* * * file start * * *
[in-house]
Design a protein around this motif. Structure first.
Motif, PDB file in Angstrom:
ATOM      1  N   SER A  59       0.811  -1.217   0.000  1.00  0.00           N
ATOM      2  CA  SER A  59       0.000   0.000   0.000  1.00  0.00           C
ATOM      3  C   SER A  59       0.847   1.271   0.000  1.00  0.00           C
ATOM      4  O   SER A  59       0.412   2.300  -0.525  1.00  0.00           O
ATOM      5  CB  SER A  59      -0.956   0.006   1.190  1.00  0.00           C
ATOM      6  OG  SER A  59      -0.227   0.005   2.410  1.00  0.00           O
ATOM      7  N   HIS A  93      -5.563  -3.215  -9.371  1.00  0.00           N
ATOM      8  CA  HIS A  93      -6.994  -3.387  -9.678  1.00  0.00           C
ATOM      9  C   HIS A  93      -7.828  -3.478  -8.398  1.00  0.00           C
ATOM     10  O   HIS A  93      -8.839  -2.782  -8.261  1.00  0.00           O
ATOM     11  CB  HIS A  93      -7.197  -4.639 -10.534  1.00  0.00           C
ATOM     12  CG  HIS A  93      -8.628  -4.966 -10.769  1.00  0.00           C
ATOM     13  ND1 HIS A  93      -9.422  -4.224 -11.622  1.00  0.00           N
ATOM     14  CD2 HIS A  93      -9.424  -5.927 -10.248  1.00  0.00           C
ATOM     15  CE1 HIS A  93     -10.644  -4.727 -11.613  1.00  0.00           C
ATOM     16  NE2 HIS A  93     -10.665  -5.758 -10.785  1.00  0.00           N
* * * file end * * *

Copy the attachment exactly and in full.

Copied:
[in-house]
Design a protein around this motif. Structure first.
Motif, PDB file in Angstrom:
ATOM      1  N   SER A  59       0.811  -1.217   0.000  1.00  0.00           N
ATOM      2  CA  SER A  59       0.000   0.000   0.000  1.00  0.00           C
ATOM      3  C   SER A  59       0.847   1.271   0.000  1.00  0.00           C
ATOM      4  O   SER A  59       0.412   2.300  -0.525  1.00  0.00           O
ATOM      5  CB  SER A  59      -0.956   0.006   1.190  1.00  0.00           C
ATOM      6  OG  SER A  59      -0.227   0.005   2.410  1.00  0.00           O
ATOM      7  N   HIS A  93      -5.563  -3.215  -9.371  1.00  0.00           N
ATOM      8  CA  HIS A  93      -6.994  -3.387  -9.678  1.00  0.00           C
ATOM      9  C   HIS A  93      -7.828  -3.478  -8.398  1.00  0.00           C
ATOM     10  O   HIS A  93      -8.839  -2.782  -8.261  1.00  0.00           O
ATOM     11  CB  HIS A  93      -7.197  -4.639 -10.534  1.00  0.00           C
ATOM     12  CG  HIS A  93      -8.628  -4.966 -10.769  1.00  0.00           C
ATOM     13  ND1 HIS A  93      -9.422  -4.224 -11.622  1.00  0.00           N
ATOM     14  CD2 HIS A  93      -9.424  -5.927 -10.248  1.00  0.00           C
ATOM     15  CE1 HIS A  93     -10.644  -4.727 -11.613  1.00  0.00           C
ATOM     16  NE2 HIS A  93     -10.665  -5.758 -10.785  1.00  0.00           N